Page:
Not a Highbrow. “We like people who have experience managing people making $7 or $8 an hour. Doctors, lawyers and scientists who’ve tried this often can’t relate.” N.V.

Truly Passionate. “They’re the ones who, instead of having dinner with their families on Thanksgiving, open the doors and thank their customers and their communities with free turkey and a pot luck dinner.” N.V.

A Competitor. “Our top franchisees want to be the best, they absolutely have to win and they love competition.” M.F.

Ethical. “You can’t take a risk on someone with compromised ethics. That person represents your brand to the community.”  N.V.

Independent Thinker. “If someone says I do it this way because that’s the way it’s always done, that doesn’t fit our culture. The system has to constantly evolve and stay fresh. Good franchisees contribute to that process.” J.S.

Eyes Wide Open. “The primary role of our president in interviews with potential franchisees is to try to talk them out of it by telling them all the potential negatives. We want them coming in with their eyes wide open.” J.S.

Head Cheerleader. “You need someone who will be involved at the unit level, and delegate, not abdicate. The franchisee should be the lifeblood of the business and have a positive presence—not just show up and be a policeman.” T.W.

College Educated. “Doesn’t matter if they have a degree in P.E. or flower arranging, getting a degree says they have tenacity to see something through.” T.W.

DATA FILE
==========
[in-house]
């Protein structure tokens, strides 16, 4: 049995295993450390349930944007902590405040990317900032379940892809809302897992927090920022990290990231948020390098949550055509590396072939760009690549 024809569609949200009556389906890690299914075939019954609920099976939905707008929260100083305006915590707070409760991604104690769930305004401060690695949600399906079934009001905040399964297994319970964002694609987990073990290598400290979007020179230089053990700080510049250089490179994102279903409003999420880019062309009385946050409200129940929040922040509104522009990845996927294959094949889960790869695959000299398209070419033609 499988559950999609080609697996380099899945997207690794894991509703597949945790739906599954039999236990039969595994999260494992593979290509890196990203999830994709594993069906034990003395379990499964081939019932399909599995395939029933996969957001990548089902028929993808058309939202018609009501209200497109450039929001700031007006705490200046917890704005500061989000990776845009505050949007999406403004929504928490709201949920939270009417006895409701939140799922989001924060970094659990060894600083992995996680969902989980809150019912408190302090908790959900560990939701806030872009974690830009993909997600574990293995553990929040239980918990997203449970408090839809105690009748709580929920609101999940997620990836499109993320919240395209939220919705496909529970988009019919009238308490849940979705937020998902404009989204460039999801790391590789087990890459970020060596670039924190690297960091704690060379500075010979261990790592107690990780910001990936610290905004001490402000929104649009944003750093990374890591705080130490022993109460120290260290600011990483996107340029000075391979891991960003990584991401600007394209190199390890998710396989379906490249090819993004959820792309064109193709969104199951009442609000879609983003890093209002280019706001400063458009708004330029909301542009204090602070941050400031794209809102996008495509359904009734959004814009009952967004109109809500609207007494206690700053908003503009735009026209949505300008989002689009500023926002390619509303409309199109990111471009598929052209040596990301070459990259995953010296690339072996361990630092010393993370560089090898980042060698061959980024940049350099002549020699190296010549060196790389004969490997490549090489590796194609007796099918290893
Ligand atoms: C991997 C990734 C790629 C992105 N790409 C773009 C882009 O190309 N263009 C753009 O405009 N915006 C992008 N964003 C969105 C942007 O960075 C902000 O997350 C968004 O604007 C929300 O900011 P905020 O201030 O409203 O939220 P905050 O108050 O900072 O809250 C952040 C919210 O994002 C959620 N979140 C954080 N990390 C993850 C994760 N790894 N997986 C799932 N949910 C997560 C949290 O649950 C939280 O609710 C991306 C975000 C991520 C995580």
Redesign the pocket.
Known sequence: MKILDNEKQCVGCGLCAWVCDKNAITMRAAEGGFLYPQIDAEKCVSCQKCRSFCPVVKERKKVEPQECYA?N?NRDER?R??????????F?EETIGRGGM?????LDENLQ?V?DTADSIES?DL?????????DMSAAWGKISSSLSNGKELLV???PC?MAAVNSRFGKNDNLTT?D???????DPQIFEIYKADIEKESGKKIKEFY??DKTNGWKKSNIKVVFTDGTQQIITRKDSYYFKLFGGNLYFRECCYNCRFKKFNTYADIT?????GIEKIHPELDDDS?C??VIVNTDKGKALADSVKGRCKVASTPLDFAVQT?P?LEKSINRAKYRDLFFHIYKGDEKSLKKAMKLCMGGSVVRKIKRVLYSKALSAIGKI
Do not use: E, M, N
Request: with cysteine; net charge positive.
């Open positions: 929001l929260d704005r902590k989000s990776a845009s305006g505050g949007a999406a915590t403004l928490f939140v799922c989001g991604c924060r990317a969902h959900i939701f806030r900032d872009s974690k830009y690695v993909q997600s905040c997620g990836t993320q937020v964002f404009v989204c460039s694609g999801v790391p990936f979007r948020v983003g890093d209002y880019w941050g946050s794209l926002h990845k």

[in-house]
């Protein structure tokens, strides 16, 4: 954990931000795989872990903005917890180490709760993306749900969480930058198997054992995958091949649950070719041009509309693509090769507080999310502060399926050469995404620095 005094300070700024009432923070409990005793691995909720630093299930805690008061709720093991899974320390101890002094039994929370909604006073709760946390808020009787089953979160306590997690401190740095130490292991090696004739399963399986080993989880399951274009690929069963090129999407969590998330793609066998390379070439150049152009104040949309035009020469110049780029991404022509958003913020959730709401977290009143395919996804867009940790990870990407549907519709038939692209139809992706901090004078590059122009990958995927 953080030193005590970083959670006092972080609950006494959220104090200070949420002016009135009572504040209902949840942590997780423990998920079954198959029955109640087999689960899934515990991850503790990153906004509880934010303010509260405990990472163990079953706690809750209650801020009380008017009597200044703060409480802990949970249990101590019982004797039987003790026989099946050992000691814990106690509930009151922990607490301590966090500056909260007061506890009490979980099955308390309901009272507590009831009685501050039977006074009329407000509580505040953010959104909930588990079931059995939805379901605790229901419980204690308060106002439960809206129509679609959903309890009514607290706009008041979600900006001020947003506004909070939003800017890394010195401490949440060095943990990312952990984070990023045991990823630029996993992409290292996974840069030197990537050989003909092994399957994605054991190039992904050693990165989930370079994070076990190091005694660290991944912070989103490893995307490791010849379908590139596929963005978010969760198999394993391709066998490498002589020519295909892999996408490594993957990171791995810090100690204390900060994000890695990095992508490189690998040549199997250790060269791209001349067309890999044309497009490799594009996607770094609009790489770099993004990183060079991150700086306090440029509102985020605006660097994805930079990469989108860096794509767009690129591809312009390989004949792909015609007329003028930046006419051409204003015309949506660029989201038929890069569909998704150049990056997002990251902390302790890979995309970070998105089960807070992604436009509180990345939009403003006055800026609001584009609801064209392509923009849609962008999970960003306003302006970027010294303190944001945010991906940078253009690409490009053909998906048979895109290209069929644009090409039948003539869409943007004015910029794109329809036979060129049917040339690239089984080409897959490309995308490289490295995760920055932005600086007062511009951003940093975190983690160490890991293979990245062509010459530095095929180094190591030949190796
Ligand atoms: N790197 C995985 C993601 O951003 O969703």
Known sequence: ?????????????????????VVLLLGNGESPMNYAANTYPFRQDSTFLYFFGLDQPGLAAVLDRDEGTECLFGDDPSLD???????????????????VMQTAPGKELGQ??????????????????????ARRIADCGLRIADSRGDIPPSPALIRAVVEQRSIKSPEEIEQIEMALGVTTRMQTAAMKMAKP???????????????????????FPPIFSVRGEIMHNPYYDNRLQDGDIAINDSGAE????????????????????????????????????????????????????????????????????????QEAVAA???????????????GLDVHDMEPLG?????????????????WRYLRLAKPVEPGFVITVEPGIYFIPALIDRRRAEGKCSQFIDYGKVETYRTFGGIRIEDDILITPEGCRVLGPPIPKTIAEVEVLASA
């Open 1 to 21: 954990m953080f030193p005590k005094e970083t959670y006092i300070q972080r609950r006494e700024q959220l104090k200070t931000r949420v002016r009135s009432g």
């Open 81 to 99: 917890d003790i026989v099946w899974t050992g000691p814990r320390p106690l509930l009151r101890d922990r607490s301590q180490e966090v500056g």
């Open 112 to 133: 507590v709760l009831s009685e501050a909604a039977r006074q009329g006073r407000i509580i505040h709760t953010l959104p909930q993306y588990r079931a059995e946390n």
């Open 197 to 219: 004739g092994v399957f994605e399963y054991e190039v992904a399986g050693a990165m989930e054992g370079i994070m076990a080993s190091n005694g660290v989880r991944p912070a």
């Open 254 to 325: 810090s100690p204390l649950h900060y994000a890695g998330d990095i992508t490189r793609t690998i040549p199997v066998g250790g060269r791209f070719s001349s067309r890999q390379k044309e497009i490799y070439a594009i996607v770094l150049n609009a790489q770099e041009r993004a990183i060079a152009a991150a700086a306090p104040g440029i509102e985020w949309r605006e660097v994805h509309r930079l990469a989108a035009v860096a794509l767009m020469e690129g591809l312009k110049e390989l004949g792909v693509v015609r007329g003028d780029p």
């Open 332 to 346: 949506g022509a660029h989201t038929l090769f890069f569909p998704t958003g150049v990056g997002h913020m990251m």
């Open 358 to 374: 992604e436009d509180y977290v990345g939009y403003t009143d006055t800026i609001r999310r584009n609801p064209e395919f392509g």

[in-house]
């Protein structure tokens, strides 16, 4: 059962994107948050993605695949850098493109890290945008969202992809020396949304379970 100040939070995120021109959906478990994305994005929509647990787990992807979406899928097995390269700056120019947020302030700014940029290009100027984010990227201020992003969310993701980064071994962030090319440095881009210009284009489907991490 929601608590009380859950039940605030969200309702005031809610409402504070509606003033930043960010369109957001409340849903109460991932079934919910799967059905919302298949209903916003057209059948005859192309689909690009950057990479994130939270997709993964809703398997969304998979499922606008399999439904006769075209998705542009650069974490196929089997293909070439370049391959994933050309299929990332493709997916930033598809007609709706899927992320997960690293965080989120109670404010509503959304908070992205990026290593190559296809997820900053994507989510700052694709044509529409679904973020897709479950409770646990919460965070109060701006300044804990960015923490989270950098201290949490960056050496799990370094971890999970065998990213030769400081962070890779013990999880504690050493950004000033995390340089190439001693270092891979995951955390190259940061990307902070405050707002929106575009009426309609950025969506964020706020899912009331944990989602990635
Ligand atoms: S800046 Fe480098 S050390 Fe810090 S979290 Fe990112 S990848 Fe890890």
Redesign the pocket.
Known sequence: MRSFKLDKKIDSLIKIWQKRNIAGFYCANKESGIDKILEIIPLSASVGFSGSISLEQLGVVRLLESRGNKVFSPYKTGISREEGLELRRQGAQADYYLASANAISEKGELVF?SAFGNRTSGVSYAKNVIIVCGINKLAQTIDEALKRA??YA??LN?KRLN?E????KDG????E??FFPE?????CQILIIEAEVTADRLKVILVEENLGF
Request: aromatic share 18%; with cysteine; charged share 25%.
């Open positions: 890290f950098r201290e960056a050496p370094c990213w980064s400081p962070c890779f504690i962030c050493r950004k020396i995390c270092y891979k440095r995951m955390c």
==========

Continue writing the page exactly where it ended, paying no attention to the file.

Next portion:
Non-restaurateur. “Sometimes, bringing in someone from the food business means spending a lot of extra time and energy de-training and re-training.” J.S.

One-Minute Manager. “If they don’t know how to lead and motivate people, they’d better be doing something else.” T.W.

Happily Married, or Happily Single. “It’s a difficult issue when a franchisee comes in married and then gets divorced. It can create some serious operational problems at the store.” J.S.

Customer-Centric. “We don’t want people whose egos become more important than the customer.” J.S.

Coach. “Coaches have to have leadership skills, the ability to communicate effectively to a diverse group of people and plenty of patience. They build people up, not drag them down.” T.W.

Has Waited Tables. “Or worked the drive-thru, or been a prep cook. It doesn’t matter what kind of restaurant it was, any industry experience helps.” T.W.

Not a Perfectionist. “They can’t be afraid to fail, or be such a perfectionist that they drive everyone crazy. People make mistakes and they have to be okay with that.” J.S.

Pulls the Trigger. “Mid-level managers from a corporate environment, for instance, often haven’t had bottom-line decision-making responsibilities. As such, they’re often not cut out for franchising. We like people who don’t vacillate.” T.W.

Knows What He Doesn’t Know. “Some forget what they pay franchise fees for and start wanting to change everything. Good franchisees tap the system and the experience behind the brand for their success, and bring new ideas in the right way.” T.W.